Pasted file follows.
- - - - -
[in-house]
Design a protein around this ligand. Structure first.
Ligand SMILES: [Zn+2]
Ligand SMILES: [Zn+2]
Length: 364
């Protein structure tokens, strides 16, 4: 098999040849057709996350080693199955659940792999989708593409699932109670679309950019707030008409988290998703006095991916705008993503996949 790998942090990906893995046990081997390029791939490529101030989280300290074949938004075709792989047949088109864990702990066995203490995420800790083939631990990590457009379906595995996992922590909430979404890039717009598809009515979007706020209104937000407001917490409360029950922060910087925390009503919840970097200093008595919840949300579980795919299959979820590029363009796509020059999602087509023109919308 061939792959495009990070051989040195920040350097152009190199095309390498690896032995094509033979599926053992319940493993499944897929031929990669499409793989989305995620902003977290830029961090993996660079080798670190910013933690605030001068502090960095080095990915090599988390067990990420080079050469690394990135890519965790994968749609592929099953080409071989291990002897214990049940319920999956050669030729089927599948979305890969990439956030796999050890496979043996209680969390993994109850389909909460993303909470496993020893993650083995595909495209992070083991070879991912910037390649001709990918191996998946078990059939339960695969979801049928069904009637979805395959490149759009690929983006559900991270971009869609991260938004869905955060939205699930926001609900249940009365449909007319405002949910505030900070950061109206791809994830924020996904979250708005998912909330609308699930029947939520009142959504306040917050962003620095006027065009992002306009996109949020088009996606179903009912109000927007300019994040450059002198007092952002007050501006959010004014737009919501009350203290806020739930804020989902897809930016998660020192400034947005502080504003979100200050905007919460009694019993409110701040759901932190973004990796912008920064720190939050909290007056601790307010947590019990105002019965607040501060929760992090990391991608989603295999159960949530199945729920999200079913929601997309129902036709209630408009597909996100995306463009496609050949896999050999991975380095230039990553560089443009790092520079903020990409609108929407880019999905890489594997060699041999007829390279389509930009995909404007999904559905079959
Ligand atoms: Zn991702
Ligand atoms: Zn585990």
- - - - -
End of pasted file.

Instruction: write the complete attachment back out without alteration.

[in-house]
Design a protein around this ligand. Structure first.
Ligand SMILES: [Zn+2]
Ligand SMILES: [Zn+2]
Length: 364
């Protein structure tokens, strides 16, 4: 098999040849057709996350080693199955659940792999989708593409699932109670679309950019707030008409988290998703006095991916705008993503996949 790998942090990906893995046990081997390029791939490529101030989280300290074949938004075709792989047949088109864990702990066995203490995420800790083939631990990590457009379906595995996992922590909430979404890039717009598809009515979007706020209104937000407001917490409360029950922060910087925390009503919840970097200093008595919840949300579980795919299959979820590029363009796509020059999602087509023109919308 061939792959495009990070051989040195920040350097152009190199095309390498690896032995094509033979599926053992319940493993499944897929031929990669499409793989989305995620902003977290830029961090993996660079080798670190910013933690605030001068502090960095080095990915090599988390067990990420080079050469690394990135890519965790994968749609592929099953080409071989291990002897214990049940319920999956050669030729089927599948979305890969990439956030796999050890496979043996209680969390993994109850389909909460993303909470496993020893993650083995595909495209992070083991070879991912910037390649001709990918191996998946078990059939339960695969979801049928069904009637979805395959490149759009690929983006559900991270971009869609991260938004869905955060939205699930926001609900249940009365449909007319405002949910505030900070950061109206791809994830924020996904979250708005998912909330609308699930029947939520009142959504306040917050962003620095006027065009992002306009996109949020088009996606179903009912109000927007300019994040450059002198007092952002007050501006959010004014737009919501009350203290806020739930804020989902897809930016998660020192400034947005502080504003979100200050905007919460009694019993409110701040759901932190973004990796912008920064720190939050909290007056601790307010947590019990105002019965607040501060929760992090990391991608989603295999159960949530199945729920999200079913929601997309129902036709209630408009597909996100995306463009496609050949896999050999991975380095230039990553560089443009790092520079903020990409609108929407880019999905890489594997060699041999007829390279389509930009995909404007999904559905079959
Ligand atoms: Zn991702
Ligand atoms: Zn585990």